I raise this issue with respect to Gordon's essay, because I grew up in a small farming community in Iowa. I have extended family and friends who farm. I think of how hard those families work and sacrifice to sustain their farms; how they actually live the cycles of planting, caring and harvesting. These families have farmed through drought, flooding, the economic hardships of the farm crises, and the injuries and death so common to the farming life. They feed people. They do not bail out at the first sign of economic inconvenience or a crippled stock portfolio. I have to wonder what this summer dalliance into their vocation and lifeblood really has to say that they could possibly relate to? I think of this essay, and I think of the wisdom of my professor.

I would also like to take issue with the incredibly trite statement that "people need to eat, they don't need software." Rob, are we to suppose that 15 years of coding never put a single meal on your table? Shit, Rob, you should have declared yourself a non-profit and gotten some tax breaks. Yes, people need to eat; the tragedy is that there are so many people that go hungry. And I don't believe that selling lettuce to the Broadmoor crowd, or worse yet, the arrogant and self-righteous Independent crowd exactly qualifies as addressing hunger. Finally, I can't help but feel that a vocation I respect, practiced by people I love, has been sugar-coated, made trendy and spoon-fed to the "enlightened" readers of the Independent, who can now sleep soundly feeling that they have a subtle and firm handle on the rural life. I can see it now, John Hazlehurst and Annie Oatman-Gardner, agrarian communitarians -- and wouldn't that make the rest of us throwup in unison.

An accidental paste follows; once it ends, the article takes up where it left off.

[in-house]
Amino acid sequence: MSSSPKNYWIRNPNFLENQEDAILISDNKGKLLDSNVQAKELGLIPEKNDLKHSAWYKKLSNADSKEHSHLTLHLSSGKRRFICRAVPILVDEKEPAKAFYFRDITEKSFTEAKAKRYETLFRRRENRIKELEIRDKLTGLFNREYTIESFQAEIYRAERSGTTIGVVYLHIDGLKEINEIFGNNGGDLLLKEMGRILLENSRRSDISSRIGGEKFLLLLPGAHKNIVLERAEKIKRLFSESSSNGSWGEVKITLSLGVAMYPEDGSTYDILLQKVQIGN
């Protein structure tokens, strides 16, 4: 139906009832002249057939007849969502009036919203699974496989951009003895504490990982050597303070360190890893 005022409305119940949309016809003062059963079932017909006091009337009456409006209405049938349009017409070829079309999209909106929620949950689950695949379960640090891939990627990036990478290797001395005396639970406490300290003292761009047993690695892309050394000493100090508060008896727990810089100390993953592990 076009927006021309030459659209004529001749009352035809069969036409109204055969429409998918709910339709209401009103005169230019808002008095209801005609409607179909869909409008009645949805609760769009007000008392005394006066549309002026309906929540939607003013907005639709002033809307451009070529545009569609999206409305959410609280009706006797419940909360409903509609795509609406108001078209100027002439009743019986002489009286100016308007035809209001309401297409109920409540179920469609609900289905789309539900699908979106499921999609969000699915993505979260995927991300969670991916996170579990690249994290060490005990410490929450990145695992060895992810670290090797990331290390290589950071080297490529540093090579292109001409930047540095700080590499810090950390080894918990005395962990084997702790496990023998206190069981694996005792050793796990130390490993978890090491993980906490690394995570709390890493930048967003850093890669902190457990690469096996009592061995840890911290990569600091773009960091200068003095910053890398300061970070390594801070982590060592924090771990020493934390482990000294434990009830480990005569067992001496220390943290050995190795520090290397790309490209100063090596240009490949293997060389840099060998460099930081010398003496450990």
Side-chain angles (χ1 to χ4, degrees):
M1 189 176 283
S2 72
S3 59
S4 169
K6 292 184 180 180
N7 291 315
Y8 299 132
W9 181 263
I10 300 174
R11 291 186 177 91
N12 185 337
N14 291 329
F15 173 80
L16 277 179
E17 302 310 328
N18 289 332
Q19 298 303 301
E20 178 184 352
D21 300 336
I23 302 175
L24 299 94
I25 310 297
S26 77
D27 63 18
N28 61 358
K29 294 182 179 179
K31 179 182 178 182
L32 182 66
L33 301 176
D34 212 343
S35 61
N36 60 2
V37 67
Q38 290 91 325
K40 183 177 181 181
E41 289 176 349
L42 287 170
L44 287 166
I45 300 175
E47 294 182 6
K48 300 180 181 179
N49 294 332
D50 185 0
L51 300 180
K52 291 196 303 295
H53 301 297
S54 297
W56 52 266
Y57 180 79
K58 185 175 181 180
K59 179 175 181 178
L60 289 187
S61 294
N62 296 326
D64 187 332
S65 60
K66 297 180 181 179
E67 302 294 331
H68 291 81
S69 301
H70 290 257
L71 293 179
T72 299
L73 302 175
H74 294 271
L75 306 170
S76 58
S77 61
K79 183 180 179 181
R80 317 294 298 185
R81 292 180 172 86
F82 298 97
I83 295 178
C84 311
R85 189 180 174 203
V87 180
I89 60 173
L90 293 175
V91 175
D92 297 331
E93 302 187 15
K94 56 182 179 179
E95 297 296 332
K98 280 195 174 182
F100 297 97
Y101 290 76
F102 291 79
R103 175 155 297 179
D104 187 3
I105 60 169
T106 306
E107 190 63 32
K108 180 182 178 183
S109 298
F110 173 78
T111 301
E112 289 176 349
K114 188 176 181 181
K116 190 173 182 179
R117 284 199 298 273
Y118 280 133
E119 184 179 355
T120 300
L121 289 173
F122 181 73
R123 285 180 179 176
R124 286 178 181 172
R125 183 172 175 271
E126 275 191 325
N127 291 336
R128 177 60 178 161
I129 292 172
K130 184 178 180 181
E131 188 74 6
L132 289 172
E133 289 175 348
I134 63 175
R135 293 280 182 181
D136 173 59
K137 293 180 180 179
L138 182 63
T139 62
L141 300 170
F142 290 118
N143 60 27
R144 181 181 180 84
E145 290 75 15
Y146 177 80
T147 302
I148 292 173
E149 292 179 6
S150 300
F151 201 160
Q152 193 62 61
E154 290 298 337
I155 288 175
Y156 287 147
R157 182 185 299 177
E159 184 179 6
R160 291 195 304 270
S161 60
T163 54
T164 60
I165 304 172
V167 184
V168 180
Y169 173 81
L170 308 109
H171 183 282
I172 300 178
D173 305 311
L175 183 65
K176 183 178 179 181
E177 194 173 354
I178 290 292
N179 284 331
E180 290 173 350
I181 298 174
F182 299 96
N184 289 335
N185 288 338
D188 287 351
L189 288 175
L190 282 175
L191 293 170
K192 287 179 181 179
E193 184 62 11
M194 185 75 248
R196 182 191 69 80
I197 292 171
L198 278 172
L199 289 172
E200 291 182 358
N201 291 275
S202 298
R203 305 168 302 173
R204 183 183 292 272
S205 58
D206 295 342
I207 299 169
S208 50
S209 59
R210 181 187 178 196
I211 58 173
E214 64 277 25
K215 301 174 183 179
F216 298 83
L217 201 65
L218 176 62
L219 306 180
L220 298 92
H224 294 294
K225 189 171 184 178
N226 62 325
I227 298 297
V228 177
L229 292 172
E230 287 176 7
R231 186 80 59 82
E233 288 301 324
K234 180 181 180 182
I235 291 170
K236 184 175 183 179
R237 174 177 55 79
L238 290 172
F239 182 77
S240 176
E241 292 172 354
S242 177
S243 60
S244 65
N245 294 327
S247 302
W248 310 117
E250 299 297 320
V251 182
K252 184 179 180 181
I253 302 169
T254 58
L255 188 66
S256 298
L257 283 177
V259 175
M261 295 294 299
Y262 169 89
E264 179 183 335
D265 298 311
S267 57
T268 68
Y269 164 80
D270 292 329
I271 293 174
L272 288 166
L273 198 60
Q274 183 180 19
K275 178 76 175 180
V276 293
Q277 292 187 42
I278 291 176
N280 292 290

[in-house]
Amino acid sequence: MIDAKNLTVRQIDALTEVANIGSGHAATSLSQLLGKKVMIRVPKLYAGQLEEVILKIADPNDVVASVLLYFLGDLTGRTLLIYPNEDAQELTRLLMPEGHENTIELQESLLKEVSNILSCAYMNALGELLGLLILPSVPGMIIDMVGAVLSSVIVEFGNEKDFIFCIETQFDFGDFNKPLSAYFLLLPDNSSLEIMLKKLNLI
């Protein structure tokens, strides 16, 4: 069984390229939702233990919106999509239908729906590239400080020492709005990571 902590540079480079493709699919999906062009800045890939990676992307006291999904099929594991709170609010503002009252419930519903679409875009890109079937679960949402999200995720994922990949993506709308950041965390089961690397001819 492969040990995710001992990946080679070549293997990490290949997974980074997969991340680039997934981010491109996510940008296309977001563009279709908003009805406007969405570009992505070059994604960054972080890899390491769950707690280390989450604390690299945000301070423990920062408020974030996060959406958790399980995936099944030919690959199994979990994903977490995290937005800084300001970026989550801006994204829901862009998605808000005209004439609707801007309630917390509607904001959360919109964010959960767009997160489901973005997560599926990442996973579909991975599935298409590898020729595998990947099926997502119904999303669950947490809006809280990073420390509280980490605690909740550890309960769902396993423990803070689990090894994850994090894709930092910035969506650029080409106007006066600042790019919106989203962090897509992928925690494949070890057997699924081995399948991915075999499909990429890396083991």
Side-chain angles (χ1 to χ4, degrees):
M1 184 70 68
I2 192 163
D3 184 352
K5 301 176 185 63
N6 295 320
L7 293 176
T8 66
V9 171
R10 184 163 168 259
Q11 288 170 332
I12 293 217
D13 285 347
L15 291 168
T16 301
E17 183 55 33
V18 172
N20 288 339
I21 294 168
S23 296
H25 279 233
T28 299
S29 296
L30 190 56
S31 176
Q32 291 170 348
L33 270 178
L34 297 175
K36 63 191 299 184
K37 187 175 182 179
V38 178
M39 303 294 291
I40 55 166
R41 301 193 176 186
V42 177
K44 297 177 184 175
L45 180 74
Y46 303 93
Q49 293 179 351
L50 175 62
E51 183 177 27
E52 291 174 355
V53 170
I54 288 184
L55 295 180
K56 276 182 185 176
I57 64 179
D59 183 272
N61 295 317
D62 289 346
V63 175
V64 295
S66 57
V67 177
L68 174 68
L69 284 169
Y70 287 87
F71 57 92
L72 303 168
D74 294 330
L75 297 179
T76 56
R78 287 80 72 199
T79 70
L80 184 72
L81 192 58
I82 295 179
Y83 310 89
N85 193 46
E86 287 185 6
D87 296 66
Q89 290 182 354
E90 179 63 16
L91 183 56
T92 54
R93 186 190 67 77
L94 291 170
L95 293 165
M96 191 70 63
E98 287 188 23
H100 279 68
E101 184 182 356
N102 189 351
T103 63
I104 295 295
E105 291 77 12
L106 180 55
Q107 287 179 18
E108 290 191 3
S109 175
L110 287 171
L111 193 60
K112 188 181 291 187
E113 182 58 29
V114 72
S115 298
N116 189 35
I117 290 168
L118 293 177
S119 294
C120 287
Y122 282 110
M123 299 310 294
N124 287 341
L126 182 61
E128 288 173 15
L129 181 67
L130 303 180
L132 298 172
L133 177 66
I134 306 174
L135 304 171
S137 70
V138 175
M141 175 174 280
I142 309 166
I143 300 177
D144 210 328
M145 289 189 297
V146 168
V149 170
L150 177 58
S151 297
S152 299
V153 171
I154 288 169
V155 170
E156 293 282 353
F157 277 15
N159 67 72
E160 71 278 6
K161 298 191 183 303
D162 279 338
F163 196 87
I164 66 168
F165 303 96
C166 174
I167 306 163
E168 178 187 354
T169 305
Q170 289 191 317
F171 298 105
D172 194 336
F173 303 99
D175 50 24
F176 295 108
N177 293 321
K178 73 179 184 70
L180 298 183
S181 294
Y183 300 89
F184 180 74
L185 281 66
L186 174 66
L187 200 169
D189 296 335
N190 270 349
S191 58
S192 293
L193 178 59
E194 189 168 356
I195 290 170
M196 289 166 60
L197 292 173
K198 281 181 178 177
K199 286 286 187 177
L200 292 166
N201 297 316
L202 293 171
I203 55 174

-- Jeff Hanson
Manitou Springs

Rob Gordon responds:

It is tough to respond to Jeff's anger, not having read the>resumptuous essay to which he compares my own writing. All I can do is remind him of what my piece said.

I made no claim to be a "real" farmer. In fact, three times I referred to myself as an "aspiring" farmer. I made no claim that writing software never put a meal on my table. I talked only of the difference in meaning, to me, of work as an end vs. work as a means. I made no claim that I was hunger problem. But I would suggest that farming had better become "trendy" if it is to survive at all beyond the control of a few mega-corporations that don't give a rat's ass about world hunger.

As for your charge that I was "selling lettuce to the Broadmoor crowd," I plead guilty with qualifications. I would only add that issues of food justice are important to me, and my long-term farming plans will address them. I made no claim of having anything to say to your farming friends and family back in Iowa, though I do know that at least one member of a local ranching family and one dairy farmer in New York loved the piece.

If the piece was "sugar-coated," it was because it was a good year, I was lucky, and many people had lots of fun. I made no claim that it is always that way. Finally, who said anything about "bailing out"?

Sacrificing the forest for the trees

To the Editor: